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Effective Engineering of Multi-Robot Software Applications

Licentiate thesis
Authors Sergio Garcia
Date of public defense 2019-11-28
Opponent at public defense Fredrik Heintz
Publication year 2019
Published at Department of Computer Science and Engineering (GU)
Language en
Keywords Robotics, Multi-Robot, Autonomous Systems, Software Architecture, Empirical Research, Model-Driven Engineering, Domain-Specific Languages
Subject categories Robotics, Software Engineering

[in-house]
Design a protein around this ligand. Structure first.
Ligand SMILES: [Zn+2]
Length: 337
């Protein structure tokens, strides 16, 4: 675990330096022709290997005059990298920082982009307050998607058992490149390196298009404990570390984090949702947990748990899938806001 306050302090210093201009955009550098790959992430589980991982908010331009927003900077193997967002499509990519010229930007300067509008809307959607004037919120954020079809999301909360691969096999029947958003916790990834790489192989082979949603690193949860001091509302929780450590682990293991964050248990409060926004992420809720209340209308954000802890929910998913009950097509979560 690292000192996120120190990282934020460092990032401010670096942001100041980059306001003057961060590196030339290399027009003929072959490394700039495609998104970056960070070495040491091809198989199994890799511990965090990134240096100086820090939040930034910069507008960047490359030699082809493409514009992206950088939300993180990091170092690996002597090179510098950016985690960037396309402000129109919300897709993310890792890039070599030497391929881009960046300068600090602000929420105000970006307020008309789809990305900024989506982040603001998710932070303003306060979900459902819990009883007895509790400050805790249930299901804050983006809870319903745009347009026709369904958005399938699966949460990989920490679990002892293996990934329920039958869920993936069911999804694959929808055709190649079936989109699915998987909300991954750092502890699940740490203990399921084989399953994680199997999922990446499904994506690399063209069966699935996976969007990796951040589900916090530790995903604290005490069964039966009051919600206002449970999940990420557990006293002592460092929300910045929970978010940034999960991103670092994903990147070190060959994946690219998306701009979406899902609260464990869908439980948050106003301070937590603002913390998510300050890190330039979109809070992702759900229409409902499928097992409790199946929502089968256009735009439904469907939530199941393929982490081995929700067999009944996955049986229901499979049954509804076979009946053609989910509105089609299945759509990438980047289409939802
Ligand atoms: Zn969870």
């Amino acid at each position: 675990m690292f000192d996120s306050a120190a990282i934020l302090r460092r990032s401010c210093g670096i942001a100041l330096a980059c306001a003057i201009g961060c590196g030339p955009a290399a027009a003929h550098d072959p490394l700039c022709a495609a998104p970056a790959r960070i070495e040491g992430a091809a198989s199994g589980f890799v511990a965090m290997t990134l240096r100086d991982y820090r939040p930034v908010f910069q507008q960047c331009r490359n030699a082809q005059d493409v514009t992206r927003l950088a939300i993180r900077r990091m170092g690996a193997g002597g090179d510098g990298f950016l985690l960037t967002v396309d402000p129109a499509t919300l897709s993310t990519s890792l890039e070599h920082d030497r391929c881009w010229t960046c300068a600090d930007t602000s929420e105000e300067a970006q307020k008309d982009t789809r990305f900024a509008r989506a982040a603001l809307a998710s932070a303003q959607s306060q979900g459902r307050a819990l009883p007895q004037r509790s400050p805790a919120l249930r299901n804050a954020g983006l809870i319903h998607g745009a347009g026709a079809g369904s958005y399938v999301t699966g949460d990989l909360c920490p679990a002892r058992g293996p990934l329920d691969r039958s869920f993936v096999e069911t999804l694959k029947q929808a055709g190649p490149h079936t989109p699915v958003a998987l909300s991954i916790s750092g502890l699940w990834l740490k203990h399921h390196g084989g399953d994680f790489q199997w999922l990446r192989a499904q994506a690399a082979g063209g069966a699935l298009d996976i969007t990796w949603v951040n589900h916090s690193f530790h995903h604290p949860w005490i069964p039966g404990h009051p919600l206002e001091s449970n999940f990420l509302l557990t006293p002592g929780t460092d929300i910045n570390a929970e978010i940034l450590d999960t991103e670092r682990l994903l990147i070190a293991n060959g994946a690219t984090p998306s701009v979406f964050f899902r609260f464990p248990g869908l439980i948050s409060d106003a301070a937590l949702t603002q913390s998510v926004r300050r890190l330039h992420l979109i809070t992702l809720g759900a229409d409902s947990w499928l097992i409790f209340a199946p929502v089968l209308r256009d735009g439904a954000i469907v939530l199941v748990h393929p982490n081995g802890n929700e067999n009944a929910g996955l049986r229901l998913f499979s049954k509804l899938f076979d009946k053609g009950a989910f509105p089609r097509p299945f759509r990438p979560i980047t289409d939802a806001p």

Context: Service robots support humans by performing useful, repetitive or dangerous tasks. The development of service robots comes with severe software engineering challenges, since they require high levels of robustness and autonomy to operate and interact with highly heterogeneous, unconstrained, and partially known environments, often populated by humans. As a domain with critical safety implications, service robotics faces a need for well-engineered software development practices. Objective: The overall objective of this thesis is to establish effective methods and tools for engineering robotic software systems. To this end, our first sub-objective is to empirically determine the state-of-the-art on how software for robots is engineered. Our second sub-objective is then to exploit the data empirically inferred and establish methods and tools— specifically languages, planners, and respective software architectures—that will be integrated into a unique software platform. Method: To achieve our objective, we combine knowledge-seeking research— aiming to learn about robotics software engineering—and solution-seeking research—-aiming to solve identified practical problems for which we engineered solutions. To achieve this combination, we conduct our research in close collaboration with industry. During the knowledge-seeking study, we conduct a series of interviews and created an online questionnaire for robotic practitioners. This research is conducted in the context of a European Project, which gives us the possibility of experiment and validate our solutions in collaboration with two companies and their robots. Results and Conclusions: This thesis provides four main results that build upon each other. First, we provide an assessment of robotics software engineering, where we identify applied practices, their characteristics, as well as recurrent challenges and solutions. Second, we propose SERA, a software architecture and platform for robotic applications that support human-robot collaboration, as well as the configuration of single- and multi-robot systems in a decentralized fashion. Third, we introduce PROMISE, a domain-specific language that enables domain experts to specify missions on a high level of abstraction for teams of autonomous robots in a user-friendly way, while having well-defined semantics. Fourth, we present a decentralized temporal logic-based planner for robotic applications, which considers partial knowledge about the environment and the robotic actions’ outcome. Future Work: In the future, we plan to extend SERA to better support users to specify, instantiate, and deploy custom robotic applications. We also plan to empirically assess how practitioners and developers define complex missions for robots. Finally, we plan to investigate more flexible ways of specifying missions that support runtime reconfiguration for multi-robots applications.

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